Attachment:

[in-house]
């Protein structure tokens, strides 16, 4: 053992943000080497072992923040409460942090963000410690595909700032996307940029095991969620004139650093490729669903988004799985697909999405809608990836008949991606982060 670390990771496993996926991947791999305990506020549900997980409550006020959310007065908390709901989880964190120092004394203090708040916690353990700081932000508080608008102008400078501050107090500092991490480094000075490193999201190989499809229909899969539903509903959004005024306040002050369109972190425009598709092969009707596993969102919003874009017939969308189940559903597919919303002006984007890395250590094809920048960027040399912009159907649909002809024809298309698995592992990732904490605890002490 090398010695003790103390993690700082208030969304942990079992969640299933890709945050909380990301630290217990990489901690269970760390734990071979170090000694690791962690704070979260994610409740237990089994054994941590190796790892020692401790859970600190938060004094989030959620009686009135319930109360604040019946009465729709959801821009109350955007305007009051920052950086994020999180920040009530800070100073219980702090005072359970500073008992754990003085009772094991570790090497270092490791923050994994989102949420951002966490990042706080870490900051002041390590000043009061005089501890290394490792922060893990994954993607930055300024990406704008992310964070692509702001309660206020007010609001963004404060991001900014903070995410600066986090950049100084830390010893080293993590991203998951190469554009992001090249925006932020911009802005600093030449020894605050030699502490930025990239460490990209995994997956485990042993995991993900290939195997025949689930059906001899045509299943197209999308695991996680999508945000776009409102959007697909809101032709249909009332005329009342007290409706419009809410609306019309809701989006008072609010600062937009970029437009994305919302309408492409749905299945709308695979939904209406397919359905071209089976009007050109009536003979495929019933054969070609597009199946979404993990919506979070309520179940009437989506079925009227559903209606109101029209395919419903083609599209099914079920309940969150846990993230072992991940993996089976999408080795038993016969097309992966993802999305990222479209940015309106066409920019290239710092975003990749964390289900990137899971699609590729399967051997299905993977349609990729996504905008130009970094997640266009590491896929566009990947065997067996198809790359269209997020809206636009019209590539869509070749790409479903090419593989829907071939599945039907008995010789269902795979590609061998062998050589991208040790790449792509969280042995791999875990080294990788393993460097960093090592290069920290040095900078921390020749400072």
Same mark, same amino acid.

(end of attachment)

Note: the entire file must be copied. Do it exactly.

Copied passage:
[in-house]
């Protein structure tokens, strides 16, 4: 053992943000080497072992923040409460942090963000410690595909700032996307940029095991969620004139650093490729669903988004799985697909999405809608990836008949991606982060 670390990771496993996926991947791999305990506020549900997980409550006020959310007065908390709901989880964190120092004394203090708040916690353990700081932000508080608008102008400078501050107090500092991490480094000075490193999201190989499809229909899969539903509903959004005024306040002050369109972190425009598709092969009707596993969102919003874009017939969308189940559903597919919303002006984007890395250590094809920048960027040399912009159907649909002809024809298309698995592992990732904490605890002490 090398010695003790103390993690700082208030969304942990079992969640299933890709945050909380990301630290217990990489901690269970760390734990071979170090000694690791962690704070979260994610409740237990089994054994941590190796790892020692401790859970600190938060004094989030959620009686009135319930109360604040019946009465729709959801821009109350955007305007009051920052950086994020999180920040009530800070100073219980702090005072359970500073008992754990003085009772094991570790090497270092490791923050994994989102949420951002966490990042706080870490900051002041390590000043009061005089501890290394490792922060893990994954993607930055300024990406704008992310964070692509702001309660206020007010609001963004404060991001900014903070995410600066986090950049100084830390010893080293993590991203998951190469554009992001090249925006932020911009802005600093030449020894605050030699502490930025990239460490990209995994997956485990042993995991993900290939195997025949689930059906001899045509299943197209999308695991996680999508945000776009409102959007697909809101032709249909009332005329009342007290409706419009809410609306019309809701989006008072609010600062937009970029437009994305919302309408492409749905299945709308695979939904209406397919359905071209089976009007050109009536003979495929019933054969070609597009199946979404993990919506979070309520179940009437989506079925009227559903209606109101029209395919419903083609599209099914079920309940969150846990993230072992991940993996089976999408080795038993016969097309992966993802999305990222479209940015309106066409920019290239710092975003990749964390289900990137899971699609590729399967051997299905993977349609990729996504905008130009970094997640266009590491896929566009990947065997067996198809790359269209997020809206636009019209590539869509070749790409479903090419593989829907071939599945039907008995010789269902795979590609061998062998050589991208040790790449792509969280042995791999875990080294990788393993460097960093090592290069920290040095900078921390020749400072």
Same mark, same amino acid.